Uganda set to compensate 7,118 over planned refinery


Uganda President Yoweri Museveni

13 November 2013, Kampala – Uganda’s Ministry of Energy and Mineral Development is set to start compensating at least 7,118 people in 13 villages in Kabaale parish, Buseruka sub-county, Hoima district, to make way for the construction of an oil refinery.

Kosea Wambaka, the head of party and programmes at Strategic Friends International (SFI), a private Ugandan firm contracted to compensate the affected people, told The Observer that after screening and training the residents, they would be paid, starting next week.

Government has earmarked Shs 78bn for the affected people.

“We have already submitted to the ministry of Energy the first list of affected residents, who have cleared everything, signed the consent forms and have no complaints for payment. I hope they will be able to receive their money by the end of this week or early next week,” Wambaka said.

He added that the money would be deposited on the affected people’s respective bank accounts. Wambaka’s assertion is in tandem with what Aston Kajara, the minister of state for Investment, recently told an oil conference in Kampala.

“Only 82 per cent have signed. Government is committed to paying those who have signed. The money will be paid through electronic fund transfer to the beneficiaries’ accounts. Those who have not signed will remain on their land until the complaints have been addressed,” he said.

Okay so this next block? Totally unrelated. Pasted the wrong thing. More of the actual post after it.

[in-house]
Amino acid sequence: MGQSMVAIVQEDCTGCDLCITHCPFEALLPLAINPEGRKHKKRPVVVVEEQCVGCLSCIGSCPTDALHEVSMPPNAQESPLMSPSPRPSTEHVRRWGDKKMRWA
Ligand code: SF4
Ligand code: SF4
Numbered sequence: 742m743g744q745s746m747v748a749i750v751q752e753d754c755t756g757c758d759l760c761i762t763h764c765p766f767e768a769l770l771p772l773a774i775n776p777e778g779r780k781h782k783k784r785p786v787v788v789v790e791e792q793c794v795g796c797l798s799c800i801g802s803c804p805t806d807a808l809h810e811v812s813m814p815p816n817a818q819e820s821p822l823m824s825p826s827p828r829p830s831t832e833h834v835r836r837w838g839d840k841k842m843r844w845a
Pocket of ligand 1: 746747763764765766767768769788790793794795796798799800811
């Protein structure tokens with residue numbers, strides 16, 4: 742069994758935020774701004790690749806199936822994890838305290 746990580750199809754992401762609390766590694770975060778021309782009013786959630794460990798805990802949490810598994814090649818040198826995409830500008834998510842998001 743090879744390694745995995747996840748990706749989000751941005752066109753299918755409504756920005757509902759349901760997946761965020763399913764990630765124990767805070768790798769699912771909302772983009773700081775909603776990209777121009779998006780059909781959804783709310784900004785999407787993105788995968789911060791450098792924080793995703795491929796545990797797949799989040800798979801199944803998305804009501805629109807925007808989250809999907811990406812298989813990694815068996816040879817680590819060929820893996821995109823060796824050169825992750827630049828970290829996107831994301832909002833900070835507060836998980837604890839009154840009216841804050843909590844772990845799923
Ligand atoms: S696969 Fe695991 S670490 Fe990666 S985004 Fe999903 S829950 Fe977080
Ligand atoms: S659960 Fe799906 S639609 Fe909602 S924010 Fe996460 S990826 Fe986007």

Indeed, some residents’ compensation is likely to delay because they disputed the rates, saying they were too low or have other complaints. Wambaka revealed that at least 425, out of the more than 1,221 households, have refused to sign the consent forms transferring their land and property to the ministry of Energy upon compensation.
“Some 425 households have up to now refused to sign, but we have given [them] a second chance to rethink their decisions” he said.

However, Bashir Hangi, the communications officer of the Petroleum Exploration and Production department (PEPD), said some beneficiaries had already changed their minds.

Hangi told The Observer on Saturday, that those declining to sign had cited various reasons, including errors in the measurement of their property. Others were concerned that their properties were missing on the list.

– The Observer

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